The New York Assembly Energy Committee today (June 4) passed a “Shared Clean Energy Bill” (A.9931), which would establish a new way for renters and other families, schools and businesses to go solar. Advocates applauded the bill for its visionary goal of enabling more New Yorkers to participate in and benefit from the state’s growing solar economy.
“Today solar is creating thousands of jobs in New York and pumping hundreds of millions of dollars into our economy all while building a cleaner, more resilient energy supply. Yet a majority of our residents and businesses cannot participate in that growing solar marketplace simply because they do not own rooftops that are suitable for solar. This bill would make solar an option for renters and millions of other New Yorkers for the first time, in turn delivering more solar benefits to our state,” said New York State Assemblymember, Energy Committee Chair and bill sponsor Amy Paulin (D-88).
Despite strong solar growth in the state, a majority of New York’s energy consumers – including renters, families and businesses in multi-unit buildings, and homeowners with shaded roofs – are unable to invest in their own rooftop solar energy systems. A.9931would overcome that barrier to solar adoption by allowing energy customers to subscribe to a local renewable energy project elsewhere in their community and receive a utility bill credit for their portion of the energy produced.
“I’ve never been prouder to call myself a New Yorker as leader after leader steps forward on behalf of health and economic opportunity for all. The Shared Renewables Bill is moving forward with strong leadership in and outside Albany, but most importantly, it is moving forward on a road that ALL New Yorkers can walk, with access to stable, clean and affordable solar energy to power their homes and places of business, whether owned or leased. That means moving forward, together – with better health and economic opportunity in communities across the state, from Buffalo to Binghamton to the Bronx and everywhere in between,” said Actor Mark Ruffalo.
“Shared Clean Energy would make solar work for even more of New York. That means more local solar investment, more local solar jobs and healthier, more resilient communities,” said Hannah Masterjohn, New Markets Program Director at Vote Solar. “We thank Assemblymember Paulin for her leadership, and we ask the legislature to pass A.9931 so that more New Yorkers can save with solar.”
“We have four times more solar installed in our state today than we had just two years ago. New Yorkers clearly want more clean, reliable solar energy powering our homes, schools and businesses. A.9931 would connect more New Yorkers with the solar power they want and continue put our state at the forefront of energy development and job growth in our country,“ said Shaun Chapman, President of the New York Solar Energy Industries Association (NYSEIA).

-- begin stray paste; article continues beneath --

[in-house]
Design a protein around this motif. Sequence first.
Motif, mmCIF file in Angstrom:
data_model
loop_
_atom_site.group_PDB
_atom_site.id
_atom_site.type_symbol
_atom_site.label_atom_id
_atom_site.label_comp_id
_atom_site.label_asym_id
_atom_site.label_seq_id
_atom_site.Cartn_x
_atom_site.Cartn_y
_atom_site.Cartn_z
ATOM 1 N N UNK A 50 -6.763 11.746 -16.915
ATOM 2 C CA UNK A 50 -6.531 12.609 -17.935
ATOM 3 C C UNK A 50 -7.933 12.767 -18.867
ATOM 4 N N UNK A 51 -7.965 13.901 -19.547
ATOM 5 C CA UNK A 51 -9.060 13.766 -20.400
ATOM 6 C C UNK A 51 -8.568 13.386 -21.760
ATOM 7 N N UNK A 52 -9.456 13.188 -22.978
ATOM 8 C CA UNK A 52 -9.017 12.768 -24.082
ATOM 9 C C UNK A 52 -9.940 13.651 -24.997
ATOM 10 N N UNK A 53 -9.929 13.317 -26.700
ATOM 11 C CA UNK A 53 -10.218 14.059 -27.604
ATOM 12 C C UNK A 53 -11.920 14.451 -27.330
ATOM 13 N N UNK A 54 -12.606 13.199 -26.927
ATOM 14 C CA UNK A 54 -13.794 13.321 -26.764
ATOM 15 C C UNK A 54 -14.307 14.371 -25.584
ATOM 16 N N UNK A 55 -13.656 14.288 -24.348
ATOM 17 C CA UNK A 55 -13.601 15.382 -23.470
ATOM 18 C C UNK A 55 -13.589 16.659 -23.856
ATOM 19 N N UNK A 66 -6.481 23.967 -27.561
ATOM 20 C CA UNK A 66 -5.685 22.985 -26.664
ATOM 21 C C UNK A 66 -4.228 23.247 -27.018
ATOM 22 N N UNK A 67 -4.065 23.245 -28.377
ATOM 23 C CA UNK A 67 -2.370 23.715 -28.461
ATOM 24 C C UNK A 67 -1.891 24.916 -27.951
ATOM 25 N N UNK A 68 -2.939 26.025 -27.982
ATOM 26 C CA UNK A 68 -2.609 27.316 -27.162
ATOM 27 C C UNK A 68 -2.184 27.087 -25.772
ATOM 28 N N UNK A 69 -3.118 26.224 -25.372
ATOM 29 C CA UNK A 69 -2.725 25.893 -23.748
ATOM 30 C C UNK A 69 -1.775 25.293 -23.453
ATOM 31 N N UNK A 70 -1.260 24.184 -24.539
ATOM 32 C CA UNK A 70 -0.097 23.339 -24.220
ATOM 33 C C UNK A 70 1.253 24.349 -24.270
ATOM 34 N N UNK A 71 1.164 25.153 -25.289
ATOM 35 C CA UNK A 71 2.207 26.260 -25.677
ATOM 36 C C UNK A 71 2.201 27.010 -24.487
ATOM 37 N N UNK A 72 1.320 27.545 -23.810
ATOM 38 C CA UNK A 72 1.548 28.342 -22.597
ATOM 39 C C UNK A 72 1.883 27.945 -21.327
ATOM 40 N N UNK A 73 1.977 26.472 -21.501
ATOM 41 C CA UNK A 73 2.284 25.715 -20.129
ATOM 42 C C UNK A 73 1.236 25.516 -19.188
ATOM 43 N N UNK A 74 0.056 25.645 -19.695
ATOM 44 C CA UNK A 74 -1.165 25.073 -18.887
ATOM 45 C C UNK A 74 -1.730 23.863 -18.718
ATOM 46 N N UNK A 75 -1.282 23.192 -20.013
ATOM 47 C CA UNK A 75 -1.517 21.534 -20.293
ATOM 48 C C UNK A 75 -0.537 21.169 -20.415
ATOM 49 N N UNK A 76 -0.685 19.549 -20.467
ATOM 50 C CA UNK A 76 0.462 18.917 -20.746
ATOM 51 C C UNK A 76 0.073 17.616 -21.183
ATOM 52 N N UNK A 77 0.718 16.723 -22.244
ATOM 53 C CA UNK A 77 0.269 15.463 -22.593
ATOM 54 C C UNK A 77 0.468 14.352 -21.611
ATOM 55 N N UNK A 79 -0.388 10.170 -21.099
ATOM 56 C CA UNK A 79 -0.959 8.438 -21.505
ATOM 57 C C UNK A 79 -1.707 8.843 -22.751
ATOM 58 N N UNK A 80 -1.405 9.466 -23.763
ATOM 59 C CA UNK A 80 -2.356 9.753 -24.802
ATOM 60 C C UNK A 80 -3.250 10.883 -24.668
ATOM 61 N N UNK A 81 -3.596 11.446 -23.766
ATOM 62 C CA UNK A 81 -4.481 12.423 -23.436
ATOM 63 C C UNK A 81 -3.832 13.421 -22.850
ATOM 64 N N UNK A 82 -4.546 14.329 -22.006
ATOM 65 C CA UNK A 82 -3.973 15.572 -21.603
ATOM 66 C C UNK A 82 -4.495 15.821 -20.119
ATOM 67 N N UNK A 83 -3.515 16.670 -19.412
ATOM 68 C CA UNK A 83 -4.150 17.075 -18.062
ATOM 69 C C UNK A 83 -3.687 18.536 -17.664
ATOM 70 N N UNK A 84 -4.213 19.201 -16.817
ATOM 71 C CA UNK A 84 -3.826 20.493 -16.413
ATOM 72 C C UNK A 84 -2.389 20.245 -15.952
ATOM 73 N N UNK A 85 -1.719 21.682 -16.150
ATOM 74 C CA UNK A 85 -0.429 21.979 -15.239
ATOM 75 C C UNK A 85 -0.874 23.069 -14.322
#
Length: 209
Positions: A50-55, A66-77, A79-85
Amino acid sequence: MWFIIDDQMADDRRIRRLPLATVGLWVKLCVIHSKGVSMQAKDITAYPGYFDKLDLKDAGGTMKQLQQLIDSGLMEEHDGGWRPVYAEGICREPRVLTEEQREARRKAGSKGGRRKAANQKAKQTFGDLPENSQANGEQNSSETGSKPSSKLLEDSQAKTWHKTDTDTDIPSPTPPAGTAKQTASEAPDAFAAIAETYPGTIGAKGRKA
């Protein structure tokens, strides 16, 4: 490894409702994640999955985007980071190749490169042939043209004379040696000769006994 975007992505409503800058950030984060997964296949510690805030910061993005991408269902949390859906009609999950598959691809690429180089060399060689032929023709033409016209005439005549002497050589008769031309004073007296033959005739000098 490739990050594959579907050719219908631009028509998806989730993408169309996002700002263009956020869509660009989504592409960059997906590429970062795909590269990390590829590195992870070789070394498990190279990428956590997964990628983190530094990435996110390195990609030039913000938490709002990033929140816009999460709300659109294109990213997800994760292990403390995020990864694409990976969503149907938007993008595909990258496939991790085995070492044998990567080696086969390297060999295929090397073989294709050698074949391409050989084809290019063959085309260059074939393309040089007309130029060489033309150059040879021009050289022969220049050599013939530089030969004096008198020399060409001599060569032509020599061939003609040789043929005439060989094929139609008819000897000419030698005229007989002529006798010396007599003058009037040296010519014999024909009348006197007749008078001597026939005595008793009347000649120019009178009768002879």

“Solar is delivering tremendous health, environmental and economic benefits to New York, but the traditional panels-on-your-roof approach simply doesn’t work for most of our energy consumers. Families and businesses who rent and plenty of others are left in the dark. It’s time for a more inclusive approach to New York clean energy. We urge lawmakers to pass A.9931 solar can shine for all,” said Aaron Bartley, Executive Director of People United for Sustainable Housing (PUSH) Buffalo.
“New York has been a clean energy pioneer. By giving more consumers access to solar power for the first time—from family renters to business owners—this is a clear next step to building on that legacy,” said Jackson Morris, Senior Energy & Climate Analyst, at the Natural Resources Defense Council.
“New York has charted a pioneering path forward on clean energy. Strong existing programs and new initiatives like the ‘Reforming the Energy Vision’ process aim to empower New Yorkers to take climate action into their own hands and repower our state with clean energy. Shared solar, which gives more consumers access to renewable energy, should be part of New York’s clean energy vision,” said David Gahl, Pace Energy and Climate Center’s Director of Strategic Engagement.
Ten other states have shared clean energy programs, including Massachusetts and Vermont, as well as Washington, DC. If passed, A.9931 would build on the success of the NY-Sun Initiative and other clean energy programs. Following its successful passage out of the Assembly Energy Committee, the bill now advances to the Assembly Ways and Means Committee.
New York State is one of our nation’s top 10 solar markets with enough solar installed to power more than 41,700 homes. The state’s growing solar industry employs 5,000 New Yorkers up and down the state, ranking it fifth in the nation for solar jobs. In 2013, $343 million was invested in New York to install solar on homes and businesses, a number that is on track to grow again in 2014.